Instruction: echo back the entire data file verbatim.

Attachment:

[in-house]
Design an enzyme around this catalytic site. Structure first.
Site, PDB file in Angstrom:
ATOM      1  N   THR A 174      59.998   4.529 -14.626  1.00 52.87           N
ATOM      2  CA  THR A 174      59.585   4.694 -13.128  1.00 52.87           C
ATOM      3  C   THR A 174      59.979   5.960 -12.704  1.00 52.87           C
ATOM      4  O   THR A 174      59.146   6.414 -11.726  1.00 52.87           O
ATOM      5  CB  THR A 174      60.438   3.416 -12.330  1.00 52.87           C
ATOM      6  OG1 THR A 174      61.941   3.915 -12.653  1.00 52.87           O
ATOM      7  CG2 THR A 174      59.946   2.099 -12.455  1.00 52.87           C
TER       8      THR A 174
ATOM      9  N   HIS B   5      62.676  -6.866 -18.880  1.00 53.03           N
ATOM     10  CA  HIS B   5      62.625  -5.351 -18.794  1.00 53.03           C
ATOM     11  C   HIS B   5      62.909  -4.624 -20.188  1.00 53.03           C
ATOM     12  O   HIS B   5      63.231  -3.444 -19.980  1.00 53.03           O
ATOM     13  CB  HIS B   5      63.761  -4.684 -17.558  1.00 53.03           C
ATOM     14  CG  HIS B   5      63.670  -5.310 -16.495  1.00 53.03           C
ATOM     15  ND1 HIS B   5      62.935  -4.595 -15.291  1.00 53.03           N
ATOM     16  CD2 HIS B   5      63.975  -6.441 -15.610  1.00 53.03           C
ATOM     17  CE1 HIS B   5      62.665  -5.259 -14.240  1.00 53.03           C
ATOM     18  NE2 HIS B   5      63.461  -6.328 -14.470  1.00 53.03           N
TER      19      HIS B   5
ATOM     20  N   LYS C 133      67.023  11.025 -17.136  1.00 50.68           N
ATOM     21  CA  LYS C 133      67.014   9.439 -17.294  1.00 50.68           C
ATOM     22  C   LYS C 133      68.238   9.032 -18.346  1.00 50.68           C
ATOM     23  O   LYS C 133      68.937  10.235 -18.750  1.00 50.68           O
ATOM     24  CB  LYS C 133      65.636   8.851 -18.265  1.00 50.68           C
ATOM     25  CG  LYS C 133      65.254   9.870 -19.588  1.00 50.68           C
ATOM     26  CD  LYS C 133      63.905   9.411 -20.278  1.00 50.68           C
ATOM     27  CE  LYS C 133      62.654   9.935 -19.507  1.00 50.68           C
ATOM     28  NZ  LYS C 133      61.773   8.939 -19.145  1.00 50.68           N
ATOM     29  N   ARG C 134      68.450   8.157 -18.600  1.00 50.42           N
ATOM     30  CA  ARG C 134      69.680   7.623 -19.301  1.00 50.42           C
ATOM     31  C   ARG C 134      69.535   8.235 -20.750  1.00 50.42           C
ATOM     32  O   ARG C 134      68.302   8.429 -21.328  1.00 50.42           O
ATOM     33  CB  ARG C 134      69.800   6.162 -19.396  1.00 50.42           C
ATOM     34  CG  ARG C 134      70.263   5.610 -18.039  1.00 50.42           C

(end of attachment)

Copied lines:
[in-house]
Design an enzyme around this catalytic site. Structure first.
Site, PDB file in Angstrom:
ATOM      1  N   THR A 174      59.998   4.529 -14.626  1.00 52.87           N
ATOM      2  CA  THR A 174      59.585   4.694 -13.128  1.00 52.87           C
ATOM      3  C   THR A 174      59.979   5.960 -12.704  1.00 52.87           C
ATOM      4  O   THR A 174      59.146   6.414 -11.726  1.00 52.87           O
ATOM      5  CB  THR A 174      60.438   3.416 -12.330  1.00 52.87           C
ATOM      6  OG1 THR A 174      61.941   3.915 -12.653  1.00 52.87           O
ATOM      7  CG2 THR A 174      59.946   2.099 -12.455  1.00 52.87           C
TER       8      THR A 174
ATOM      9  N   HIS B   5      62.676  -6.866 -18.880  1.00 53.03           N
ATOM     10  CA  HIS B   5      62.625  -5.351 -18.794  1.00 53.03           C
ATOM     11  C   HIS B   5      62.909  -4.624 -20.188  1.00 53.03           C
ATOM     12  O   HIS B   5      63.231  -3.444 -19.980  1.00 53.03           O
ATOM     13  CB  HIS B   5      63.761  -4.684 -17.558  1.00 53.03           C
ATOM     14  CG  HIS B   5      63.670  -5.310 -16.495  1.00 53.03           C
ATOM     15  ND1 HIS B   5      62.935  -4.595 -15.291  1.00 53.03           N
ATOM     16  CD2 HIS B   5      63.975  -6.441 -15.610  1.00 53.03           C
ATOM     17  CE1 HIS B   5      62.665  -5.259 -14.240  1.00 53.03           C
ATOM     18  NE2 HIS B   5      63.461  -6.328 -14.470  1.00 53.03           N
TER      19      HIS B   5
ATOM     20  N   LYS C 133      67.023  11.025 -17.136  1.00 50.68           N
ATOM     21  CA  LYS C 133      67.014   9.439 -17.294  1.00 50.68           C
ATOM     22  C   LYS C 133      68.238   9.032 -18.346  1.00 50.68           C
ATOM     23  O   LYS C 133      68.937  10.235 -18.750  1.00 50.68           O
ATOM     24  CB  LYS C 133      65.636   8.851 -18.265  1.00 50.68           C
ATOM     25  CG  LYS C 133      65.254   9.870 -19.588  1.00 50.68           C
ATOM     26  CD  LYS C 133      63.905   9.411 -20.278  1.00 50.68           C
ATOM     27  CE  LYS C 133      62.654   9.935 -19.507  1.00 50.68           C
ATOM     28  NZ  LYS C 133      61.773   8.939 -19.145  1.00 50.68           N
ATOM     29  N   ARG C 134      68.450   8.157 -18.600  1.00 50.42           N
ATOM     30  CA  ARG C 134      69.680   7.623 -19.301  1.00 50.42           C
ATOM     31  C   ARG C 134      69.535   8.235 -20.750  1.00 50.42           C
ATOM     32  O   ARG C 134      68.302   8.429 -21.328  1.00 50.42           O
ATOM     33  CB  ARG C 134      69.800   6.162 -19.396  1.00 50.42           C
ATOM     34  CG  ARG C 134      70.263   5.610 -18.039  1.00 50.42           C